I’m so glad you asked this question. It’s a good one. The answer: Both. Trying to do both is both a challenge AND these roles compliment each other. I want to be good at both. Making porcelain objects or creating things from wood is a great joy. It’s also intellectually and physically challenging. At the same time, it is somewhat solitary and a little self-absorbing as I persist in getting an idea across, or in my attempt to get a specific result from the material. On the other hand, my consulting practice is highly collaborative and in service to a person or an organization, many of whom are in pursuit of a greater good themselves. My work with Yves Behar, for example. Both compliment each other as they are the social and solitary parts of me. The challenge is time management. Isn’t it always?
“Untitled,” Unglazed stoneware frames (this piece contains 12 frames), sand, feathers, a eucalyptus leaf, a skate egg case, seaweed, and surf wax remnants.
Your Southern California childhood had a direct effect on your appreciation for ocean. Of all aspects of life lived by the ocean, why go for promoting “the tiny plants and animals at the foundation of the Earth’s food chain?”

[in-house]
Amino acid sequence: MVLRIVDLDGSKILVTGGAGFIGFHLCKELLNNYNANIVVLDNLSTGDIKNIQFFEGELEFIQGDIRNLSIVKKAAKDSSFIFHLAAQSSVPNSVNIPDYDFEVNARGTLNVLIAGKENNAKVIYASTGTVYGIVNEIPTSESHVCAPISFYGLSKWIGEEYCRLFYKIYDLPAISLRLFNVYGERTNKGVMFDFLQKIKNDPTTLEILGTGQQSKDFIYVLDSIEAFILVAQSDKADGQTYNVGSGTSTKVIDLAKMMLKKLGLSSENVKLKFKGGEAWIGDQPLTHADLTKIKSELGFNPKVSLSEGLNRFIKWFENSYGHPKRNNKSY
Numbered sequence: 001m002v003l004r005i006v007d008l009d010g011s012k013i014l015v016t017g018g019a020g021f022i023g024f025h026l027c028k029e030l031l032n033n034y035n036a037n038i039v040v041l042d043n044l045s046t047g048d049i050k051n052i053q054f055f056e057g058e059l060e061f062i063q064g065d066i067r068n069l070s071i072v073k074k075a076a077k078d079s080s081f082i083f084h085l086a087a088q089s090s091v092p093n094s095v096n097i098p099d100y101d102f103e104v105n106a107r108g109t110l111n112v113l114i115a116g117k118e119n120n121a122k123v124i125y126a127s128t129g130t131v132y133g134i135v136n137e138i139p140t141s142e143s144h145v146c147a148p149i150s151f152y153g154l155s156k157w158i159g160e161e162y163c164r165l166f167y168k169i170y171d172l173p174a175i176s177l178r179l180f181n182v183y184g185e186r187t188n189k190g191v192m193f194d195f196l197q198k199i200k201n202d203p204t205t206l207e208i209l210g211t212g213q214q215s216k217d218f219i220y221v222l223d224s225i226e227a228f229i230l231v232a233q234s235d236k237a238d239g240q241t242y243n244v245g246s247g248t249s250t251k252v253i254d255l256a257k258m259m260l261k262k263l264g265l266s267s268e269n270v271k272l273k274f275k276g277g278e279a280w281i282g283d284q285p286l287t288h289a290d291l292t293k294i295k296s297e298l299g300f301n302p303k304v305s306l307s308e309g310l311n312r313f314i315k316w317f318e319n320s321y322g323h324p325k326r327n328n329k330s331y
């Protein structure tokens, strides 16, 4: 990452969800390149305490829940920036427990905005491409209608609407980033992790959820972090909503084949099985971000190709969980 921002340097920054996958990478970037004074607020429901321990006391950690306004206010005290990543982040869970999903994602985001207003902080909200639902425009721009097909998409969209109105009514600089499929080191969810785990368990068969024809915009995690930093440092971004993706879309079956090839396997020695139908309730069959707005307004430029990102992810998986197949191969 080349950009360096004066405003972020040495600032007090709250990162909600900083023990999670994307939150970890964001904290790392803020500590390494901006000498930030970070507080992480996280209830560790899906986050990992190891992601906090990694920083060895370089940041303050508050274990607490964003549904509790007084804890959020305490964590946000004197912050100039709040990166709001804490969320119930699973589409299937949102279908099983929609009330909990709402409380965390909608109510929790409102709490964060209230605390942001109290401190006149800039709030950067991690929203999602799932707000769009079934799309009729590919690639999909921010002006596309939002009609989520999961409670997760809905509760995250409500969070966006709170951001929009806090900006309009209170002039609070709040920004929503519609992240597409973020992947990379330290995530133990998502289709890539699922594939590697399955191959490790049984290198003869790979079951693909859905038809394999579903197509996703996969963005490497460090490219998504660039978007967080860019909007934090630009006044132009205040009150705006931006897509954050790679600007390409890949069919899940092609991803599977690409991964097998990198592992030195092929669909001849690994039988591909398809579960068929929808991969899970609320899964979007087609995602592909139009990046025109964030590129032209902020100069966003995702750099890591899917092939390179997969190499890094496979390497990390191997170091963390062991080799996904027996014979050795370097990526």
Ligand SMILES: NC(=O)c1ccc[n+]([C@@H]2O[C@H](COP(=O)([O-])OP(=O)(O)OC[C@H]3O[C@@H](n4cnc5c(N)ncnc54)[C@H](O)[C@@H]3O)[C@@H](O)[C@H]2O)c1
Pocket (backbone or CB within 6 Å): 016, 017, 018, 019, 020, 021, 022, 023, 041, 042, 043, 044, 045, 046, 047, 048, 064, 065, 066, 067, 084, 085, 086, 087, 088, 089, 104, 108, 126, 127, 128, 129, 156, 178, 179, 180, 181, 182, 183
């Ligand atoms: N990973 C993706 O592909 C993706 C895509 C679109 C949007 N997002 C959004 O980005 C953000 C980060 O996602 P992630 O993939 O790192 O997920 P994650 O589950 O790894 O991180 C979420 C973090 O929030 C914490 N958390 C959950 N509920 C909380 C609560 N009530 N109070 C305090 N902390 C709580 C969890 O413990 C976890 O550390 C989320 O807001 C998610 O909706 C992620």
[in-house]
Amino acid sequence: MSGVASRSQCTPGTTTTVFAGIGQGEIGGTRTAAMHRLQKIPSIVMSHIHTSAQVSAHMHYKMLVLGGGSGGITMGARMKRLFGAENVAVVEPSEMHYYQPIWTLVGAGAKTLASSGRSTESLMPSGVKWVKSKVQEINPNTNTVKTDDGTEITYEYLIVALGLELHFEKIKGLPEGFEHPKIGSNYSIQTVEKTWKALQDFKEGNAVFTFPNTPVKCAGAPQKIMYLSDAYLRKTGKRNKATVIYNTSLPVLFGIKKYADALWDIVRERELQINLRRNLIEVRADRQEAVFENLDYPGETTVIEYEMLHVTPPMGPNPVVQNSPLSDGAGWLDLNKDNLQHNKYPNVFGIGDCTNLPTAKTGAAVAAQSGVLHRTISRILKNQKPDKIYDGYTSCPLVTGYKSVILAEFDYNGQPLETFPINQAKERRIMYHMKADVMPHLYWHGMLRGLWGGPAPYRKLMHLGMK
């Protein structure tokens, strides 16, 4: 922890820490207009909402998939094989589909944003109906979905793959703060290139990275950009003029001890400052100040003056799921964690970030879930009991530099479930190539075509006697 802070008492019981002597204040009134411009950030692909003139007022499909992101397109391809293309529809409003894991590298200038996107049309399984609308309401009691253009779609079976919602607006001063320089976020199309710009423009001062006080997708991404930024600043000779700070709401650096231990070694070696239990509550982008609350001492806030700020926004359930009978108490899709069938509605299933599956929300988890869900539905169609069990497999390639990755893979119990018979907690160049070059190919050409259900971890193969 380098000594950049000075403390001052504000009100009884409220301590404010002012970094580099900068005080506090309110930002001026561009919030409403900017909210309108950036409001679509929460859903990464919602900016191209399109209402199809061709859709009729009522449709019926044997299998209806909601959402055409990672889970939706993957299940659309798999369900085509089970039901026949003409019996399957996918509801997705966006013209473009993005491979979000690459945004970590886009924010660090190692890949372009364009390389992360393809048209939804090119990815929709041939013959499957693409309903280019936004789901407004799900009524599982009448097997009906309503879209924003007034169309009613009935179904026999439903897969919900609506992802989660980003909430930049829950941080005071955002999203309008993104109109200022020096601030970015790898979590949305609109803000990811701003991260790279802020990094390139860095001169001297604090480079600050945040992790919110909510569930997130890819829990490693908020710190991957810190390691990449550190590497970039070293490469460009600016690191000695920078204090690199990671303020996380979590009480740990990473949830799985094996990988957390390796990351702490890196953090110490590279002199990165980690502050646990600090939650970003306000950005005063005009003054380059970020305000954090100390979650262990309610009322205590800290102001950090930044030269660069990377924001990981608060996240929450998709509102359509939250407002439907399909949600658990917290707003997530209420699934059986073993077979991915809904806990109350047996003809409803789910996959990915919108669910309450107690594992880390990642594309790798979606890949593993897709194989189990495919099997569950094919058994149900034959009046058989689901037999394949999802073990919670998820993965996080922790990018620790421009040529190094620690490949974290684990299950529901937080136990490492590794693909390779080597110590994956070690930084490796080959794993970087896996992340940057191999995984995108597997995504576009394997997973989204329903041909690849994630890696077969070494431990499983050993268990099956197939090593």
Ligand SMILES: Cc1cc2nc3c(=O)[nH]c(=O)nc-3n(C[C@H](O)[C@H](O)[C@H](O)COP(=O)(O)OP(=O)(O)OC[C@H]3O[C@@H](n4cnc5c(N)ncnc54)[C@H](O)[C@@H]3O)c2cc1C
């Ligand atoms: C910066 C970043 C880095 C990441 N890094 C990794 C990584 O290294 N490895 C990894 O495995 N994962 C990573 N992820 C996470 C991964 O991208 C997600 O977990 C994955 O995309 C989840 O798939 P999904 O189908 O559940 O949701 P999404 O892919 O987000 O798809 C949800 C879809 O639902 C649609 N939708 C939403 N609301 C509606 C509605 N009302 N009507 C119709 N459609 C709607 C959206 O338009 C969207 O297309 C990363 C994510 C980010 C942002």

Have you seen photos of plankton under a microscope? They are gorgeous. I will have a life-time of inspiration from them alone. Many of them come with a silica-based armor (not unlike porcelain) that protects them from predators – a most complex and miraculous architecture. If their beauty doesn’t get your attention, the facts might: Phytoplankton, including algae, sink more carbon than our Earth’s forests and they are also, as you said, a huge part of the world’s food chain. Beauty and power.
To know them is to LOVE them.
Temporary Bliss Bird Vessel (and necklace). Stoneware, unglazed porcelain and (azo, chromium and lead-free) leather cord. Available at BDDW in NYC.
What’s your favorite piece and why?
More than the resulting object itself, the process of making them is what makes something a favorite. It’s tough to choose between them. I’m very excited about a recent group that I call ‘vacuoles.’ They are in the “Blue” collection that I just (today) finished installing at Rogan in NYC. I also love and might not be able to part with an untitled wall installation at Rogan; it’s a bi-coastal archive of beach ephemera; a personal, natural-history journal. A lot of wonderful people in my life were involved in making this work. I had to get friends from all over to contribute sand from ‘my’ beaches. And I love a piece at BDDW that is a bird vessel.
Here’s a preview of more art from Blue at ROGAN as well as what you can find at BDDW.
Diatom. Unglazed porcelain. Approximately 6″ diameter.
Porcelain Breast Plate, (azo, chromium and lead free) leather cord.
Box of Hours. Stoneware and porcelain.
Blue Tab Necklace for ROGAN. Porcelain dipped in blue wash, (azo, chromium and lead free) leather cord. Various size and shapes.
Top image by Leslie Williamson